Liz Williams' series of an Asian world where Heaven and Hell are places you can go to and come back from, and demons can live in Singapore Three or Hell.
Detective Inspector Chen, the Singapore Three police department's snake agent (handles other-wordly crime), with partner Demon Zhu Irzh, investigates the case of ghost-girl Pearl Tang and the father who murdered her to protect his business of supplying virtuous souls to Hell.
Really enjoyable writing and interesting characters.
SNAKE AGENT is set in the near future and introduces us to Detective Inspector Chen. He is a police officer in Singapore Three, heading up the supernatural crimes division. The story begins when the daughter of a wealthy family shows up at the gates of Hell, the victim of a murder. Chen begins to investigate, and discovers that it's more than a simple crime. A conspiracy is fomenting in Hell, and it reaches into the highest echelons of the government. With the help of a demon liaison from Hell's Ministry of Vice, Chen races against time to stop what could lead to the death of untold numbers of humans.
One thing I enjoyed about SNAKE AGENT is that Williams isn't abashed about abusing her characters. Chen's goal in the story is complicated by the fact that he's married to a demon named Inari who fled from an arranged marriage in Hell. A government-sanctioned ghost hunter believes that Chen is being stalked and takes it upon himself to kill Chen's wife. Inari leaves Chen and goes back to Hell, believing he'll be safer without her. So, while Chen's trying to save the world, he's also trying to convince his wife to return home. Also, Chen is a devotee of the goddess Kuan Yin. His marriage to a demon has put him on bad terms with his patron, and his increased activities during his mission only further strain the relationship.
I loved the use of Asian mythology as a building block. Williams does a great job making the different conception of Hell fascinating. Also, there are a lot of great little world-building moments. For example, demons regard blood in the same way that people like chocolate. Additionally, Inari is accompanied by a familiar that can shape shift to be either a tea kettle or a badger. This reminded me a lot of the Japanese folklore about the tanuki.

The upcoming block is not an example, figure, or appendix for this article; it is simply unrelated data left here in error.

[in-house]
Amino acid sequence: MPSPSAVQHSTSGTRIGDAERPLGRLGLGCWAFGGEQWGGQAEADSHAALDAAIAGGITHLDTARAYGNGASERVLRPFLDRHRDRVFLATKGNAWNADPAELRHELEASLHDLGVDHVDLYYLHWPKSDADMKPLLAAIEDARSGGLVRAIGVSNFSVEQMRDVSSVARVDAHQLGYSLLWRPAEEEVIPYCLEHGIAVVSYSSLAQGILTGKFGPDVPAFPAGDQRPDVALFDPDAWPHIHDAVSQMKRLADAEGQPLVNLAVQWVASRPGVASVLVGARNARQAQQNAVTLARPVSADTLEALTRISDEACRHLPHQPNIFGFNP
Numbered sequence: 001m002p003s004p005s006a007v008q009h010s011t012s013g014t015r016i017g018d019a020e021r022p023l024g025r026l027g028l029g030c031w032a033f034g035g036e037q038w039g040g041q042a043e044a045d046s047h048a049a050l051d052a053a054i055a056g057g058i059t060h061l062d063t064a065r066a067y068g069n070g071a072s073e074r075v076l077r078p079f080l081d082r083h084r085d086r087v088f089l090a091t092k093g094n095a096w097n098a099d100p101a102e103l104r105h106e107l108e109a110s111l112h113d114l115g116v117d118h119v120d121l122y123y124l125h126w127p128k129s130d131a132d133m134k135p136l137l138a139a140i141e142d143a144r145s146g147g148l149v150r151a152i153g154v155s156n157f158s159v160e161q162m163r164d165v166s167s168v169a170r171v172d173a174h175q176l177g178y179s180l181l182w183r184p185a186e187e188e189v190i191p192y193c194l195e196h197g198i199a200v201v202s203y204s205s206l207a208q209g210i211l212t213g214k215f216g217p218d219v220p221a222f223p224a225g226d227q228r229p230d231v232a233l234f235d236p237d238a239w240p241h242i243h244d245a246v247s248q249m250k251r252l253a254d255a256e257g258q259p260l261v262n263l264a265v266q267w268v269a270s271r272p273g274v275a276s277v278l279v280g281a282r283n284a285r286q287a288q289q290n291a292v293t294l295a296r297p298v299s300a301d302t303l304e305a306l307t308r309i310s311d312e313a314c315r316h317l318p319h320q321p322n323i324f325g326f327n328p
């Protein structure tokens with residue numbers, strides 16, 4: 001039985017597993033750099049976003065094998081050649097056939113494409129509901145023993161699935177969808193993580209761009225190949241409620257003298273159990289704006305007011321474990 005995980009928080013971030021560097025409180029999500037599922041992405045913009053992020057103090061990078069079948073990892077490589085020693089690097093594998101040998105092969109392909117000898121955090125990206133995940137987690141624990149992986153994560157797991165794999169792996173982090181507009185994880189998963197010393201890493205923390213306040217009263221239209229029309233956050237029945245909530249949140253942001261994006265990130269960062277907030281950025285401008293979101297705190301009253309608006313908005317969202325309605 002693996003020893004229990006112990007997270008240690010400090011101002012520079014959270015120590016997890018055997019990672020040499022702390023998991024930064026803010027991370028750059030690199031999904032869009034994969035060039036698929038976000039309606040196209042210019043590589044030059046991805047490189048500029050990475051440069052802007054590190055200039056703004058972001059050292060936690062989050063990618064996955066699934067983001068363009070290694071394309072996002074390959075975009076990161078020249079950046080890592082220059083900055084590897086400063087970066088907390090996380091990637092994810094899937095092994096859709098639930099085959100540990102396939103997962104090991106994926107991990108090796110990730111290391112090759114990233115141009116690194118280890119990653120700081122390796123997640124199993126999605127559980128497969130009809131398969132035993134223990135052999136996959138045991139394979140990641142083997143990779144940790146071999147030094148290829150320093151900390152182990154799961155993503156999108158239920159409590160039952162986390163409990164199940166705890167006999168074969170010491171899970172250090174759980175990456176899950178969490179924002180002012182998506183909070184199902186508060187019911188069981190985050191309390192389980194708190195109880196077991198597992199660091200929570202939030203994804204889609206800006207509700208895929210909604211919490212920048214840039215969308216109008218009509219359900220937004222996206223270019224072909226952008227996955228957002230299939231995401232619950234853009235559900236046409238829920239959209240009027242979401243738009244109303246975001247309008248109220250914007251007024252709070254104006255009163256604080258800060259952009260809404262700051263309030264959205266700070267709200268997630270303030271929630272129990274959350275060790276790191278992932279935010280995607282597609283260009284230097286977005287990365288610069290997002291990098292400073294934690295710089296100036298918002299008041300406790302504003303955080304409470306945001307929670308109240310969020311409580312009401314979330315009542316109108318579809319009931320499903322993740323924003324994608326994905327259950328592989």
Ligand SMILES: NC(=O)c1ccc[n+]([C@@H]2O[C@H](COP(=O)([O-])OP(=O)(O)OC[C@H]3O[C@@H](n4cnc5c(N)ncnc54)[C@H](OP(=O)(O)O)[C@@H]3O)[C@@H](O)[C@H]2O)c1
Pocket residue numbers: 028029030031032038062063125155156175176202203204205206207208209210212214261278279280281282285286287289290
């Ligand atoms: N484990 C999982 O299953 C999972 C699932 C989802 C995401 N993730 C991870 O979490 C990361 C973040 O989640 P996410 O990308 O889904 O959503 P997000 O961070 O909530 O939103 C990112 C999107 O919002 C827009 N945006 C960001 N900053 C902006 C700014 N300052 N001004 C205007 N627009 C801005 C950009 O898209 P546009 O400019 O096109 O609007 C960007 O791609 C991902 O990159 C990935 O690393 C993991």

One interesting aspect of this book is that it's set in the near future. There are several technological advances in the area of biotechnology. Also, there's an interesting political twist. It seems that in Inspector Chen's future, China has either come to govern over a large part of southern Asia or has a lot of pull. Today, Singapore is an independent republic, and one would infer that any future colonies would be a part of that republic. However, the ghost hunter is from Beijing and an ardent member of the Communist party.
In closing, I'd recommend SNAKE AGENT to readers interested in urban fantasy who also like a good detective yarn. It's an exciting melange that will keep you entertained.
First Detective Inspector Chen series in this genre-bending fantasy/mystery. Chen lives and works in a slightly futuristic Singapore as an investigator of paranormal crimes. He's been to Hell and back several times--literally--even marrying a demon and bringing her out of Hell, which is strictly forbidden. With Inaria comes a family retainer--a teakettle that morphs into a badger! (My favorite character! LOL) I loved the premise and the world Williams paints in this book. When he begins investigating why the ghost of a young girl never made it to Heaven, Chen ends up in working with one of Hell's investigators, a demon named Zhu Irzh, who is working on another case on the side for the Ministry of Wealth, trying to figure out what the devious Ministry of Epidemics is up to. Eventually the cases tie together and Chen and Zhu Irzh do a lot of working together. Hard to describe this book or to include all the crazy sub-plots; you really have to read it! Excellently written, fresh and different and very enjoyable. Looking for the next!
Good book, and an unusual twist on your usual urban fantasy. I liked the depiction of Hell as sort of a mirror image of our capitalist society - just your average "person" trying to get ahead. This book had interesting characters and a refreshing lack of graphic sex scenes. I'm looking forward to reading the next one in the series.
This book wasn't as good as I had hoped it would be. The story was interesting, but the first half of the book was hard to follow - all sorts of subplots, lots of characters to keep track of, the terminology was sometimes difficult to understand, and the writing style wasn't great, in my opinion. But I kept reading and was glad I did, because the final third of the book became more interesting and things started to come together. It was a good enough read, but not fantastic.
An interesting mix of paranormal, fantasy and mystery where heaven and hell are real places that can be visited, demons walk among people on earth and trading in lost souls and ghosts is apparently as profitable as any other. Thankfully, there was no unnecessary gore or a plethora of corpses littering the storyline and the author made it an intriguing read. Looking forward to the next one in the series!